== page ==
If you’ve ever visited one of the great museums of the world you will have noticed the contrast between the extensive and magnificent displays from ancient civilizations such as Egypt, Syria and Mesopotamia, and those from ancient Israel, which are generally unimpressive and difficult to find. Yet one artifact from ancient Israel has survived: its literature. They were people of the book. They told stories and wrote them down. Not only did their literature survive, it became authoritative and then went on to profoundly influence and inspire believers, writers, artists, musicians throughout the world.
While the New Testament was still being written, the apostle Paul described the sacred writings of the Old Testament as “… inspired by God and useful to teach us what is true and to make us realize what is wrong in our lives. It corrects us when we are wrong and teaches us to do what is right. God uses it to prepare and equip his people to do every good work (2 Timothy 3:16-17. NLT).”
In the next few weeks, we will be sharing a series of messages on the book of Genesis. Genesis means ‘beginnings’ and it is the first book of the Bible. As such, it is the foundation for the rest of the Bible. It is a book of ‘origins’, showing the origins of the world (Genesis 1-11) and of the people of Israel, who began with Abraham’s family (Genesis 12-50). These two origins reflect Israel’s theology, their belief in a God who is at once the God of the world in general and the God of the people of Israel in particular. Sometimes it helps to look backward before you move forward, living your life from God’s perspective. Hindsight can give us fresh insight to who God is and who we are as the people of faith.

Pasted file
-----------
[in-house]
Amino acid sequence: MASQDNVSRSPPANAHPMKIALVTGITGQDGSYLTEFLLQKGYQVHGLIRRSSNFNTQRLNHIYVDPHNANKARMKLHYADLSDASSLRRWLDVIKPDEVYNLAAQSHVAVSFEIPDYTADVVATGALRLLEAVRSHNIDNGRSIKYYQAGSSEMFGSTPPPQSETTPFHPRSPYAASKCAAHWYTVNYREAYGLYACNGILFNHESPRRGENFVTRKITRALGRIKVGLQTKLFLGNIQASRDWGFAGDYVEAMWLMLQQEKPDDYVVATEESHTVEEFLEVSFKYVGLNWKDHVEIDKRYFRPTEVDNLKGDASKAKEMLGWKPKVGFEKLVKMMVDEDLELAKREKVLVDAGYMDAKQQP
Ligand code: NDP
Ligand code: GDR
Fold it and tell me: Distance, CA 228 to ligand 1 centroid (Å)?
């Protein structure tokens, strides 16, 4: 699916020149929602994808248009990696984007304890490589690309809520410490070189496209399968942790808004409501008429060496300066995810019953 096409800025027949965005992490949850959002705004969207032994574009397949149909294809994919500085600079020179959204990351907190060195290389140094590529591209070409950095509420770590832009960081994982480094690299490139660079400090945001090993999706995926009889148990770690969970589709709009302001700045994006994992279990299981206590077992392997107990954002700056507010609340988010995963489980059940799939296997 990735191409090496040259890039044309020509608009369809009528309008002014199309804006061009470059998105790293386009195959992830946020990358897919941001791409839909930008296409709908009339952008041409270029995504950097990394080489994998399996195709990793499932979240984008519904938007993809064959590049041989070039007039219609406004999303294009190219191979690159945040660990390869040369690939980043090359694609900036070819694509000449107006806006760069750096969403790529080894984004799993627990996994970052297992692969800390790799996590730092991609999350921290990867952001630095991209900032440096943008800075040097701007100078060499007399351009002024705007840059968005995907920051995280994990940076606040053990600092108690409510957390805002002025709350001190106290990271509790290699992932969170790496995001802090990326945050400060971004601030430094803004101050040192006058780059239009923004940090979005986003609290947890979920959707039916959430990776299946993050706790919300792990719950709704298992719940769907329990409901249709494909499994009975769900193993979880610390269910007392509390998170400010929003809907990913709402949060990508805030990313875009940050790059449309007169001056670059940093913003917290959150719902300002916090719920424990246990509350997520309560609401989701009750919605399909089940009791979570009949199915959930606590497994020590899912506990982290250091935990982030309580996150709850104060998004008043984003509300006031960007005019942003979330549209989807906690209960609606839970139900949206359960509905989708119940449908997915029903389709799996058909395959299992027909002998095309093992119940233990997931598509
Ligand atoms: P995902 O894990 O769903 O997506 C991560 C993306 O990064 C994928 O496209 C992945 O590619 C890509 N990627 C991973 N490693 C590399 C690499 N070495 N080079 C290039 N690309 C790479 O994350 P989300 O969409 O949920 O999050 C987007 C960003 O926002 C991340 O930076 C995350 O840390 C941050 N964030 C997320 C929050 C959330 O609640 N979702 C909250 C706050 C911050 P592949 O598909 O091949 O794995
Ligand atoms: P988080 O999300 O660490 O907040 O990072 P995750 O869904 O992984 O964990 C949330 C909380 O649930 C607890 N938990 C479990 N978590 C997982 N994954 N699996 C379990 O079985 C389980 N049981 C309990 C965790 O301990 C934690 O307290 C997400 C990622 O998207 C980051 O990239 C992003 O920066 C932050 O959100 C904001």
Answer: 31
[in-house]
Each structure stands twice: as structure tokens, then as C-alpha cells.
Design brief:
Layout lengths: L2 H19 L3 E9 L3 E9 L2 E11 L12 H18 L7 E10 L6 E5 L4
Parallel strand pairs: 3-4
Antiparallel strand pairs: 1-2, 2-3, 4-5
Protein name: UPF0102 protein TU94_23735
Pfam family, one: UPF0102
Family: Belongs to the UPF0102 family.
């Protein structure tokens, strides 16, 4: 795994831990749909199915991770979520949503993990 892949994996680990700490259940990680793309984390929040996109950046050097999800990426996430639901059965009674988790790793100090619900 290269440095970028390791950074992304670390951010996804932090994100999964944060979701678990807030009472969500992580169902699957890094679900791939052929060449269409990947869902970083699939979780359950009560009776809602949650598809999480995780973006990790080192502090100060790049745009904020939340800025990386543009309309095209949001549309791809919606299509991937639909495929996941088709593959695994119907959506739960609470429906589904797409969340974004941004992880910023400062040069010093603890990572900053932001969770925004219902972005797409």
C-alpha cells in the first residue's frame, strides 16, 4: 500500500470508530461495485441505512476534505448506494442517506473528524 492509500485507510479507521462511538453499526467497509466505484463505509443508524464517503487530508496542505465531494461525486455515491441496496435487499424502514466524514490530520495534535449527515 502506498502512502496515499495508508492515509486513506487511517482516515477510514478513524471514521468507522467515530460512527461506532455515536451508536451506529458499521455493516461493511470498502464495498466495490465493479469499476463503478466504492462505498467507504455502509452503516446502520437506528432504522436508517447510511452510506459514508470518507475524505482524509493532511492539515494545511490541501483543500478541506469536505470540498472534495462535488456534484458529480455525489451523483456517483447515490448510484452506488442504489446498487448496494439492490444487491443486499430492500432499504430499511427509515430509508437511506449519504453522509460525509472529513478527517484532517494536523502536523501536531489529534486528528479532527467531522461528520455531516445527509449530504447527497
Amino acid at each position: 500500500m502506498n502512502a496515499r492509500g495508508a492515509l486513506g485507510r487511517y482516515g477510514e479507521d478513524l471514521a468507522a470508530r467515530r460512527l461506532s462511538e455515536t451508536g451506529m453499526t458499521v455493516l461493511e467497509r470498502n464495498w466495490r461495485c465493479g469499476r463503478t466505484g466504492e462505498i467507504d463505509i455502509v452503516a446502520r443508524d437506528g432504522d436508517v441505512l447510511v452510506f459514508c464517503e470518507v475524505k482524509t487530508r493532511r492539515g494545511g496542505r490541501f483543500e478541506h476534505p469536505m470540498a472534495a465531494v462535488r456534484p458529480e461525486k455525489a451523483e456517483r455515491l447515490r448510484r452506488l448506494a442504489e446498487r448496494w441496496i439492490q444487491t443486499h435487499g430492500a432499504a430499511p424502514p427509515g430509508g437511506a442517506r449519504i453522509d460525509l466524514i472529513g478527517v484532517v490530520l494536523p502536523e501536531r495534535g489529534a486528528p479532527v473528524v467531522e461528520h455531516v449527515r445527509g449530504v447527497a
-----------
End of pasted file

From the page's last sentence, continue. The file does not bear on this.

Let’s lay a foundation for getting the most out of this series on Genesis.
1. What kind of Book is Genesis? The genre of Genesis could be described as ‘theological history.’ It is not a scientific handbook (though scientists are right to investigate its claims), a book of biographies (though there is much to learn from the lives of the men and women it describes), or a history book (though it is historical). It is a book of theology (though not systematic) – telling us about God and his interaction with humanity. The author has been highly selective, telling us what he wants us to know, not everything we would like to know.
2. Who was the author of Genesis? The name of the author is not mentioned in the book but many assume it is Moses. Moses no doubt had a hand in its compilation, though other inspired editors were probably involved over time.
Take time to discern the intent of the author and how the readers would have heard the text. What did this text mean back then and there (called ‘exegesis’)?
3. What is the historical context? The content of Genesis refers to the beginnings of the world right through to the call of Abraham, who lived in ancient Mesopotamia (modern day Iraq), to become the father of the Israelite nation, thousands of years ago. It was a poly-theistic world, where people worshipped many gods.
4. What is the literary context? Narratives are stories with a narrator, characters, a plot (and sub-plots), scene(s), dialogue, conflict or tension, and resolution. At the upper level, God is the ultimate character and hero of each story. Stories tell us what happened. They aren’t allegories with hidden meanings or instructions of what we should necessarily do. Think passages more than verses and look for the author’s main point. Consider the wider context of the Scripture also (which ultimately points to Christ).